Global Juice and nectar sales slow
March 15, 2006
by Keith Nunes
Stat: Per capita consumption of 8.3 gallons per year might suggest the U.S. market is already approaching saturation.
BASINGSTOKE, ENGLAND – By the end of 2008 global juice and nectar consumption will have reached 10.3 billion gallons, the equivalent of almost 1.6 gallons for each person around the world. This represents a compound annual growth rate since 2005 of 2.8%, slowing down from the 4.2% enjoyed by the category between 1999 and 2005. Despite its strong associations with the vogue attributes of health and wellness, growth in the juice and nectars category can only be described as modest, according to a new report from beverage industry analysts at Canadean.
The poor performance of some of the leading markets may be at the heart of the slowdown. By far and away the largest volume market for juice and nectars is the United States, which accounts for more than a quarter of global sales. Per capita consumption of 8.3 gallons might suggest the U.S. market is already approaching saturation, however perceptions of the healthfulness of juice in the United States have become ambivalent, a factor that is behind the poor performances of the category.
The carbohydrate content of juice prompted the juice category to record one of its worst years on record in 2004, reflecting the popularity of low carbohydrate diets. Some American drinkers have switched to the nectars category but this has not compensated for the overall loss.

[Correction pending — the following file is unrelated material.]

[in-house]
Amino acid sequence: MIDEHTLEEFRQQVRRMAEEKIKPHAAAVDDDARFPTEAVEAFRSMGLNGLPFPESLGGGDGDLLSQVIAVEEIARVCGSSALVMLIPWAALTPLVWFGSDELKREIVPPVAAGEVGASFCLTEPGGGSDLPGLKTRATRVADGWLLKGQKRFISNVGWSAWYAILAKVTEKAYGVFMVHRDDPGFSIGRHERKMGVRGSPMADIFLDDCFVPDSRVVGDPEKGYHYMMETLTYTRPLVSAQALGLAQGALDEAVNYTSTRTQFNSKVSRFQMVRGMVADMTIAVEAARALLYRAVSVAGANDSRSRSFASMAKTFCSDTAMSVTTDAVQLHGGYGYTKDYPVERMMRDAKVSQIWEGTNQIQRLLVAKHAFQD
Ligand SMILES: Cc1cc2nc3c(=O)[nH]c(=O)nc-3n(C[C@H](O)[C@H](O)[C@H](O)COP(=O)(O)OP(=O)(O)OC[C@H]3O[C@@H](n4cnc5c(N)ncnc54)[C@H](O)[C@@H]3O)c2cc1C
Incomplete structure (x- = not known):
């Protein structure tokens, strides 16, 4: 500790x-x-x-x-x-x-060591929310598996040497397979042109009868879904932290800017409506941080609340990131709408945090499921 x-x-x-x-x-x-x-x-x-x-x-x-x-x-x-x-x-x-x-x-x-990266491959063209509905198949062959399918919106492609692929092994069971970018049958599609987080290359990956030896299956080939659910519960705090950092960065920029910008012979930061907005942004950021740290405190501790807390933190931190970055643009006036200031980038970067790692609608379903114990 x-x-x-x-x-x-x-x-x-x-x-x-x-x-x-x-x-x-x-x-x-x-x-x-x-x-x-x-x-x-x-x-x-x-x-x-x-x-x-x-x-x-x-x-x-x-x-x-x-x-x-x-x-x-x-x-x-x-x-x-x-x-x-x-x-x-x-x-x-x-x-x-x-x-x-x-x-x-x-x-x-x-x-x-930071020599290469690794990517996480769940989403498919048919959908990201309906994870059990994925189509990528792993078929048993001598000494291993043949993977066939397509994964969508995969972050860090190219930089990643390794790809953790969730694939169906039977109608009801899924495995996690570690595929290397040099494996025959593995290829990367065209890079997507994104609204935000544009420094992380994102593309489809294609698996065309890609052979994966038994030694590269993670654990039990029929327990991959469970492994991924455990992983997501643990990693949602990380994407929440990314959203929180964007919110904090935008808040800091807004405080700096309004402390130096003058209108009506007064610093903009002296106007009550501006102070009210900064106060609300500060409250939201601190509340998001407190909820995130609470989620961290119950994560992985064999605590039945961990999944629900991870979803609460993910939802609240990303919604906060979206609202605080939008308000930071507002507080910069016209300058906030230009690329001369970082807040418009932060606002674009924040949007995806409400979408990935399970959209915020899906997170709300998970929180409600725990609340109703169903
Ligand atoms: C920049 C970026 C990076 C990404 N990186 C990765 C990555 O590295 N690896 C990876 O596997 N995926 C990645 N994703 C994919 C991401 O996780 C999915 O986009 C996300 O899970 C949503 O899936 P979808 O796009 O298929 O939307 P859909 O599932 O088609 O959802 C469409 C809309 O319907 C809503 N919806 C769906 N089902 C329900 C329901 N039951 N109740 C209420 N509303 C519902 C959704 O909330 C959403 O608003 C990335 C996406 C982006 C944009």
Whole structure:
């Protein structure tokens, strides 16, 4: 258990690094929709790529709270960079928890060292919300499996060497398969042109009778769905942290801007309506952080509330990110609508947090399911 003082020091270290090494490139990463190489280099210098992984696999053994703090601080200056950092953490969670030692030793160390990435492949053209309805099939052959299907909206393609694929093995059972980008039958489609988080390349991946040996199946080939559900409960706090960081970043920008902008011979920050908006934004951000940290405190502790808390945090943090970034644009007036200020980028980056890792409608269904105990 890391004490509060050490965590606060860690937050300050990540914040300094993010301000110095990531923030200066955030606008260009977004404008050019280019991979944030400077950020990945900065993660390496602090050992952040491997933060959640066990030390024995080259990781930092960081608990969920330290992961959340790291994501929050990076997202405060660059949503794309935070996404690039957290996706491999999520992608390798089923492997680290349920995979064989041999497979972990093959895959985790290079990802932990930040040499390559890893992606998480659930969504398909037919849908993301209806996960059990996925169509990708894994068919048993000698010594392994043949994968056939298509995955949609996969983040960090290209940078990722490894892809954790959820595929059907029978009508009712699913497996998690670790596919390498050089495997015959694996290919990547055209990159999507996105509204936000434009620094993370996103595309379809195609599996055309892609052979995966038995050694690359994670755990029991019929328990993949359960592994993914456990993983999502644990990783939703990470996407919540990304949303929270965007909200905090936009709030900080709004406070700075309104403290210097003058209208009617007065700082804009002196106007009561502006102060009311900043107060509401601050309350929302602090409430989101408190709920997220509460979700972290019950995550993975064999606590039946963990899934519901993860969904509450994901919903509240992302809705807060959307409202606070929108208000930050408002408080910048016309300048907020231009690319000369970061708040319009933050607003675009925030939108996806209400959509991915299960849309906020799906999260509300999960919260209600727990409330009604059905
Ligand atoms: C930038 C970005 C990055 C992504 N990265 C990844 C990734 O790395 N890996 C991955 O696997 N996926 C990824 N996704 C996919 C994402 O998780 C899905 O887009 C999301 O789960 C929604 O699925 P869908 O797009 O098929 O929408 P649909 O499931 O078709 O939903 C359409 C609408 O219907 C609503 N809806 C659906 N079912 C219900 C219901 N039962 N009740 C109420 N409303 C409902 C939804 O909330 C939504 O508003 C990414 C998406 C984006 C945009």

To a lesser extent, the German market, which accounts for less than 10% of global juice and nectar sales, is also contributing to the category's weaker showings. In Germany, it is the nectar category that has been dragging the category down; nectars have been losing out to the buoyant noncarbonated drink category for a few years now. In a very health-sensitive German market, noncarbonated drinks may have lower juice content but they do have a high ratio of added vitamins, minerals and other substances that boost the products’ health attributes.
The growth in noncarbonated drinks in general has undoubtedly played a part in taking the shine of the juice and nectars performance, according to Canadean. The noncarbonated drinks category may be attracting consumers leaving the carbonates category but there is little doubt the noncarbonated drinks category is also poaching drinkers from the juice and nectars segment.
In volume terms the juice and nectars category is expected to expand by a little over 0.8 billion gallons between 2005 and 2009, while during the same period, the market for noncarbonated drinks will expand by more than 1.1 billion gallons. The more refreshing qualities of noncarbonated drinks gives them advantages over juice and nectars during the key consumption occasions away from the juice and nectar stronghold of breakfast.
The two cola giants have maintained their faith in the category and 2005 has seen Coca-Cola and PepsiCo strengthen their presence in the global juice and nectar marketplace. Last year saw the Coca-Cola Hellenic Bottling Company and the Atlanta-based Coca-Cola Company agree to buy 100% of Multon, a big Russian juice producer. This move was followed by the announcement that Coca-Cola Brasil was to purchase Sucos Mais, a major Brazilian juice operator.
Meanwhile PepsiCo snapped up the founder of the United Kingdom Smoothie market; PJ Smoothies and the German based fruit drink brand Punica from Sunny Delight Beverages.
Currently, the juice and nectars category faces a new threat in the form of price rises brought on by poor orange and apple harvests in some parts of the world. These are anticipated to have implications in the short term.